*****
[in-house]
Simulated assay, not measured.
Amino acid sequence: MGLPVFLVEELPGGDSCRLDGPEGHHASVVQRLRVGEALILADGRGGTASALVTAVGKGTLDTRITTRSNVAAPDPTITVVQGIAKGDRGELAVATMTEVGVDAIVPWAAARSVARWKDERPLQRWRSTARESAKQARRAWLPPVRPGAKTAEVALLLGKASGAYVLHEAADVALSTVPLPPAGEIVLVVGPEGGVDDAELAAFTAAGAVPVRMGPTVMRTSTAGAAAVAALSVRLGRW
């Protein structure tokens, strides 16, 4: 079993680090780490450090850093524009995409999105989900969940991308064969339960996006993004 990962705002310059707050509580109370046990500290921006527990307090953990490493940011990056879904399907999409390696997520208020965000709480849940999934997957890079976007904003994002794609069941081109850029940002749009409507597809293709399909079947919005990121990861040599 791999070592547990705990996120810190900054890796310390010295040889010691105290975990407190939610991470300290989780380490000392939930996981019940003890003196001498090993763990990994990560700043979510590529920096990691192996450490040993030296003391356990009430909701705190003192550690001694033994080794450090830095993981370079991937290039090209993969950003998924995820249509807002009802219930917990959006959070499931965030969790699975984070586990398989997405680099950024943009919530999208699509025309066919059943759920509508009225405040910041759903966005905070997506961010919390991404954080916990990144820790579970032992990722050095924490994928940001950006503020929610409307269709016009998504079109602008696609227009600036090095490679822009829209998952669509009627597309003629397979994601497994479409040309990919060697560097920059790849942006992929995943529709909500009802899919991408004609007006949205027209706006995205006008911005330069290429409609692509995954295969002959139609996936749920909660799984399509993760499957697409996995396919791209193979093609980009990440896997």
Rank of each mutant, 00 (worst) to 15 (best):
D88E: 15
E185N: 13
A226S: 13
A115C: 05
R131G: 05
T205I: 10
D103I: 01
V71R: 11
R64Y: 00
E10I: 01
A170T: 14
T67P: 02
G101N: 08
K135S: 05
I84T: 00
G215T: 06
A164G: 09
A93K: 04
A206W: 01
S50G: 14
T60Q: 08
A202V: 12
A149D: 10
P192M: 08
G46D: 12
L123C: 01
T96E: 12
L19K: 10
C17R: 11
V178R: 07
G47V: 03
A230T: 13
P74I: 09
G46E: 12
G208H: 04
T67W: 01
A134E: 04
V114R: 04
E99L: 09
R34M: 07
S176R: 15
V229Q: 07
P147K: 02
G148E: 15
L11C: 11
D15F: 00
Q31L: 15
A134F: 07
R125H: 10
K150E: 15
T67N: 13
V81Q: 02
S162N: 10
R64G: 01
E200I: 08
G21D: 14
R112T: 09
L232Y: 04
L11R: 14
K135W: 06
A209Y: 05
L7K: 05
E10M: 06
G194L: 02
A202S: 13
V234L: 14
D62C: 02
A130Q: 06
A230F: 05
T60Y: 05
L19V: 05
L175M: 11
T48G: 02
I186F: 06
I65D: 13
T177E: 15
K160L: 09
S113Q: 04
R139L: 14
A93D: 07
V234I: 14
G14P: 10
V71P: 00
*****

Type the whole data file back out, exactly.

[in-house]
Simulated assay, not measured.
Amino acid sequence: MGLPVFLVEELPGGDSCRLDGPEGHHASVVQRLRVGEALILADGRGGTASALVTAVGKGTLDTRITTRSNVAAPDPTITVVQGIAKGDRGELAVATMTEVGVDAIVPWAAARSVARWKDERPLQRWRSTARESAKQARRAWLPPVRPGAKTAEVALLLGKASGAYVLHEAADVALSTVPLPPAGEIVLVVGPEGGVDDAELAAFTAAGAVPVRMGPTVMRTSTAGAAAVAALSVRLGRW
């Protein structure tokens, strides 16, 4: 079993680090780490450090850093524009995409999105989900969940991308064969339960996006993004 990962705002310059707050509580109370046990500290921006527990307090953990490493940011990056879904399907999409390696997520208020965000709480849940999934997957890079976007904003994002794609069941081109850029940002749009409507597809293709399909079947919005990121990861040599 791999070592547990705990996120810190900054890796310390010295040889010691105290975990407190939610991470300290989780380490000392939930996981019940003890003196001498090993763990990994990560700043979510590529920096990691192996450490040993030296003391356990009430909701705190003192550690001694033994080794450090830095993981370079991937290039090209993969950003998924995820249509807002009802219930917990959006959070499931965030969790699975984070586990398989997405680099950024943009919530999208699509025309066919059943759920509508009225405040910041759903966005905070997506961010919390991404954080916990990144820790579970032992990722050095924490994928940001950006503020929610409307269709016009998504079109602008696609227009600036090095490679822009829209998952669509009627597309003629397979994601497994479409040309990919060697560097920059790849942006992929995943529709909500009802899919991408004609007006949205027209706006995205006008911005330069290429409609692509995954295969002959139609996936749920909660799984399509993760499957697409996995396919791209193979093609980009990440896997």
Rank of each mutant, 00 (worst) to 15 (best):
D88E: 15
E185N: 13
A226S: 13
A115C: 05
R131G: 05
T205I: 10
D103I: 01
V71R: 11
R64Y: 00
E10I: 01
A170T: 14
T67P: 02
G101N: 08
K135S: 05
I84T: 00
G215T: 06
A164G: 09
A93K: 04
A206W: 01
S50G: 14
T60Q: 08
A202V: 12
A149D: 10
P192M: 08
G46D: 12
L123C: 01
T96E: 12
L19K: 10
C17R: 11
V178R: 07
G47V: 03
A230T: 13
P74I: 09
G46E: 12
G208H: 04
T67W: 01
A134E: 04
V114R: 04
E99L: 09
R34M: 07
S176R: 15
V229Q: 07
P147K: 02
G148E: 15
L11C: 11
D15F: 00
Q31L: 15
A134F: 07
R125H: 10
K150E: 15
T67N: 13
V81Q: 02
S162N: 10
R64G: 01
E200I: 08
G21D: 14
R112T: 09
L232Y: 04
L11R: 14
K135W: 06
A209Y: 05
L7K: 05
E10M: 06
G194L: 02
A202S: 13
V234L: 14
D62C: 02
A130Q: 06
A230F: 05
T60Y: 05
L19V: 05
L175M: 11
T48G: 02
I186F: 06
I65D: 13
T177E: 15
K160L: 09
S113Q: 04
R139L: 14
A93D: 07
V234I: 14
G14P: 10
V71P: 00